Oddly enough there were Hawaiian bands and performers in Holland in the Thirties (locals playing in the style), Finland (steel guitarist Onni Gideon formed the Oahu Trio in ’41), Sweden (steel guitarist Yngve Stoor from ’36 onwards) . . .
Elsewhere has previously noted faux-Hawaiians like the Waikikis from Brussels, a bunch of revolving door studio musicians who appeared in our pages playing Lennon-McCartney songs in a Hawaiian style.
But of all those who learned and played Hawaiian music, none could have been more unexpected than Harry Kalapana who – despite his adopted Hawaiian-sounding name – came from somewhere half a world away from the source: Harry was born in the former Yugoslavia in the early Forties.
It is said that he heard a Hawaiian record while he was in boarding school and became seduced by the sound . . . not surprising perhaps given the music evokes the exotic “Other”.
He started playing guitar and was further inspired by seeing Tau Moe play in Belgium. Moe was one of three brothers born in Samoa who had moved to Hawaii when young and who, along with their wives and other Hawaiian musicians, performed Hawaiian music as the Royal Samoan Dancers. Individually or together, or with other groups, they toured through Asia and on the Europe. The Tau Moe Family toured right up into the late Seventies.
Inspired by Moe, Kalapana continued to play and learn, moved the Paris and eventually ended up playing Hawaiian music in Madagascar in the early Fifties.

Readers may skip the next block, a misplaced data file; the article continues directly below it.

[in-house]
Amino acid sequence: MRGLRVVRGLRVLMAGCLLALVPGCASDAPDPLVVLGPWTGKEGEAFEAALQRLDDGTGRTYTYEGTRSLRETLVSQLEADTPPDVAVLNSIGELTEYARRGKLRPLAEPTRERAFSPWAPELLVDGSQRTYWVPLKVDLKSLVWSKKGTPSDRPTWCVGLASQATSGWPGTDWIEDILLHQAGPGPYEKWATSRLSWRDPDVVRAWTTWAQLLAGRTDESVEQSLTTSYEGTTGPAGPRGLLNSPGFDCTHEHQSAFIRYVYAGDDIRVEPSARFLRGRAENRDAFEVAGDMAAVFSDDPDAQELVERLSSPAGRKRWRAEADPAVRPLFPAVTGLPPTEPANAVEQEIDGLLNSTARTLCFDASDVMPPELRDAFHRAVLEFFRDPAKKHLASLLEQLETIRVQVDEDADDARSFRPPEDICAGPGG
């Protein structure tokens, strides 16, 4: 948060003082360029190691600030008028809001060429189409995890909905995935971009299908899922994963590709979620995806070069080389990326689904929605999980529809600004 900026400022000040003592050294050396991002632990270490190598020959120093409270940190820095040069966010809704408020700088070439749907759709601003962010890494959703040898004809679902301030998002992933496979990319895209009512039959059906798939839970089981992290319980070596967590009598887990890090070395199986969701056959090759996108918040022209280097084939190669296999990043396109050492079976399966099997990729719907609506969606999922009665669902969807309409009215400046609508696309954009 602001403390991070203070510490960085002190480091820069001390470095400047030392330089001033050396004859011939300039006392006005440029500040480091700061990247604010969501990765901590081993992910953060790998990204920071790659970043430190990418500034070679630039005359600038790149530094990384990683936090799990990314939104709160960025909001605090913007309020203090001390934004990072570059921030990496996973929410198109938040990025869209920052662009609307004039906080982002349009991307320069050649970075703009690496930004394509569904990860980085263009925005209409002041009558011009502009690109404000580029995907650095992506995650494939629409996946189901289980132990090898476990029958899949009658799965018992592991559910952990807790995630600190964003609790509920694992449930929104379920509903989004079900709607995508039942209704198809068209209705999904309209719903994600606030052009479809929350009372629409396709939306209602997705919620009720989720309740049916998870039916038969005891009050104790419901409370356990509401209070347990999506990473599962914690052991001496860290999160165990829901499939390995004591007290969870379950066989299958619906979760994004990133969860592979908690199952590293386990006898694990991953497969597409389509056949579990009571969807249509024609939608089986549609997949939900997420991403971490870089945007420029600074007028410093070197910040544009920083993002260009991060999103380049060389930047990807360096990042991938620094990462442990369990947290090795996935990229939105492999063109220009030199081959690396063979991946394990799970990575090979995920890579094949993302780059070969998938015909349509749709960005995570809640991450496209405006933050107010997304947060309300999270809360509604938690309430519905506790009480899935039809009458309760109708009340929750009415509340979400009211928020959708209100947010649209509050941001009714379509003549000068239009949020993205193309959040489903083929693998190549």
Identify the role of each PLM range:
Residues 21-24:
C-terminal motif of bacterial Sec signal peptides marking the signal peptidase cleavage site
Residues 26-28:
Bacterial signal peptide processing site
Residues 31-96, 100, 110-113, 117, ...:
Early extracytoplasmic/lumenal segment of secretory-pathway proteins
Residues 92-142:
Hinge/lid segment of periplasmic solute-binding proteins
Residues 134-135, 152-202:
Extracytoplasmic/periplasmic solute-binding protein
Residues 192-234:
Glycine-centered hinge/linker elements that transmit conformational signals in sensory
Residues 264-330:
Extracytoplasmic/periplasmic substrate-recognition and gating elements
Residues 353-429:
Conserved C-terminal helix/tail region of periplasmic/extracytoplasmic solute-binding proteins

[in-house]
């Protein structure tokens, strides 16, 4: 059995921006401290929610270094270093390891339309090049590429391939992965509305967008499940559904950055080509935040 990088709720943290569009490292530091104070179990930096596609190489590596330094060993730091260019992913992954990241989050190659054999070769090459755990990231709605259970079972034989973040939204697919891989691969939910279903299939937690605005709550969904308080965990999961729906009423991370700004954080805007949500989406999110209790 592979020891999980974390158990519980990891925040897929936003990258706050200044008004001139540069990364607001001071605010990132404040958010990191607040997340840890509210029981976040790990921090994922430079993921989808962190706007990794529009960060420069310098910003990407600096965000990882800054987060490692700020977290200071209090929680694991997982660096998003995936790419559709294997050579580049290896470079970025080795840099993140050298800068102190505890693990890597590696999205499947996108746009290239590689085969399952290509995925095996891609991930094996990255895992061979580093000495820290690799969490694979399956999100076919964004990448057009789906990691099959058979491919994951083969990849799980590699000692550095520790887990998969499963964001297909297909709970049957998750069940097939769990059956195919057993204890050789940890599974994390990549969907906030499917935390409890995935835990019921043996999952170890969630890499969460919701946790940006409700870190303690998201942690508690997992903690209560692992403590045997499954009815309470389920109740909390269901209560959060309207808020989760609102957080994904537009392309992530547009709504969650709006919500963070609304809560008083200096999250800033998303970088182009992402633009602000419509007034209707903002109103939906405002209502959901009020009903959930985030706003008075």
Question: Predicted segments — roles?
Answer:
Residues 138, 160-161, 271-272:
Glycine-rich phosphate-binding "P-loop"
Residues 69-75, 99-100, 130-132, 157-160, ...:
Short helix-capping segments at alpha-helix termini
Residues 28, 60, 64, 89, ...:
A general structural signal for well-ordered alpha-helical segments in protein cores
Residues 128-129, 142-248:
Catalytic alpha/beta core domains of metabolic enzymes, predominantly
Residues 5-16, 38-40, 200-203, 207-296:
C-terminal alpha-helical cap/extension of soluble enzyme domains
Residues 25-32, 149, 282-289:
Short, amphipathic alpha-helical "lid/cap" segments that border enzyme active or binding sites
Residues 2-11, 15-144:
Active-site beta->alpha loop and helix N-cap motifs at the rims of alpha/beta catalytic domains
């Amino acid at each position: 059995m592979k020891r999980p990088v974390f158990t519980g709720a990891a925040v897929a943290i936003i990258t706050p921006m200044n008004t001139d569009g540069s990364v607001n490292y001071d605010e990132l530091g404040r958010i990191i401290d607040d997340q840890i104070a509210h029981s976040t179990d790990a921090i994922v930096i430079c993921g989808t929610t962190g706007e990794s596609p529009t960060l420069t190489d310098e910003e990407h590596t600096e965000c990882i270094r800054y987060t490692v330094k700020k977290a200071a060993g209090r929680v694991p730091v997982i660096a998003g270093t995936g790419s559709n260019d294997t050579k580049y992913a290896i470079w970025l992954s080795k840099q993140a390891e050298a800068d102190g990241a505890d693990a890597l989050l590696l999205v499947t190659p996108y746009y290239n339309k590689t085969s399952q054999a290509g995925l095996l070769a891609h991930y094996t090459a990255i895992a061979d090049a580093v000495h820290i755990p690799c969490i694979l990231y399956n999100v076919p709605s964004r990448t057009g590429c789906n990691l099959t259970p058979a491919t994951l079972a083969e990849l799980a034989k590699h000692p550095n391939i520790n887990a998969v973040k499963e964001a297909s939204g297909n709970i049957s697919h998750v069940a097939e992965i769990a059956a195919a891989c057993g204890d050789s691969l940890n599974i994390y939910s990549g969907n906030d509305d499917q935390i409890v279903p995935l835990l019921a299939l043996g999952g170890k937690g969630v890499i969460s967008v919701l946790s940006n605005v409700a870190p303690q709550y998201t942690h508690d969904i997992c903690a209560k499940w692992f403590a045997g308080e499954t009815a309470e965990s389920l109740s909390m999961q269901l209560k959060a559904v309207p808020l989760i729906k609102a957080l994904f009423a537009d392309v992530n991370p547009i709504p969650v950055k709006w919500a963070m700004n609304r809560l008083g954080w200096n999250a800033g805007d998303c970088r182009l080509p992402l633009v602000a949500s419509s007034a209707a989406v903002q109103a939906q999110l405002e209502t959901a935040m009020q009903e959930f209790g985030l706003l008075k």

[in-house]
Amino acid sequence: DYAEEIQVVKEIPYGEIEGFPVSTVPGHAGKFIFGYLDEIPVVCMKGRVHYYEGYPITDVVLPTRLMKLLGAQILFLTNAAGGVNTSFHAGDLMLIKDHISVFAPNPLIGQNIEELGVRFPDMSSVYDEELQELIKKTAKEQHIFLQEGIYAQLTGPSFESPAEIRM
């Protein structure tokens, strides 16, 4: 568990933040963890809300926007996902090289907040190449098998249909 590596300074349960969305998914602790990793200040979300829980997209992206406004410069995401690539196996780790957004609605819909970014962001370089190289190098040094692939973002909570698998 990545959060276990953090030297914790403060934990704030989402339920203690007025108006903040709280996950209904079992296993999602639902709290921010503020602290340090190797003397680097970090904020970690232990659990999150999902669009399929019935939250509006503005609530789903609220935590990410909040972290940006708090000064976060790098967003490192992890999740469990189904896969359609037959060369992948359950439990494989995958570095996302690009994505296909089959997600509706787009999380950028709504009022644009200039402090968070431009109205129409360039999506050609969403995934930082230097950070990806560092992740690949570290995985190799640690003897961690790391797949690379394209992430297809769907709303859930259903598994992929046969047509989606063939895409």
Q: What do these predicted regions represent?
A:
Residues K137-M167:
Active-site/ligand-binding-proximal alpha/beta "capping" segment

He returned to Paris and it is estimated that from 1956 to ’67 he recorded at least 200 songs (some under other names, a common practice to spread the exoticism and flood the market with “rivals”).
He retired from music after a car accident n ’76 and details of his later life are unknown.
But there is no shortage of compilation albums of Harry Kalapana in the world. He even turned up on a recent compilation of Pacific music.
A quick look at iTunes reveals a few albums and 65 songs, he’s on Spotify and of course his records sometimes turn up in secondhand shops.
Dozens and dozens on vinyl in generic-Hawaiian exotica covers if you can find them.
In style he followed the archetypes but he was also a great advocate and spokesman for Hawaiian music . . . even though he was born in the Balkans and made his career in Madagascar and France.
The mid 20th century craze for Hawaiian music may not have left an enduring legacy in contemporary pop or embedded itself in mainstream music the way reggae has . . . but Hawaiian music happened and had -- still has -- followers, devotees and players all over the world.
And once upon a time, all the way to a boarding school dorm in the post-war Balkans.
And, despite there being so few photographs of the man, that's why we need to talk about Harry Kalapana.
You can hear Hawaiian music by Harry Kalapana at Spotify here
For other articles in the series of strange, sad or interesting characters in music, WE NEED TO TALK ABOUT . . . go here.
Elsewhere is indebted to Hawaiian Music and Musicians: An Illustrated History edited by George S Kanahele (University Press of Hawaii, 1979) in the preparation of this article.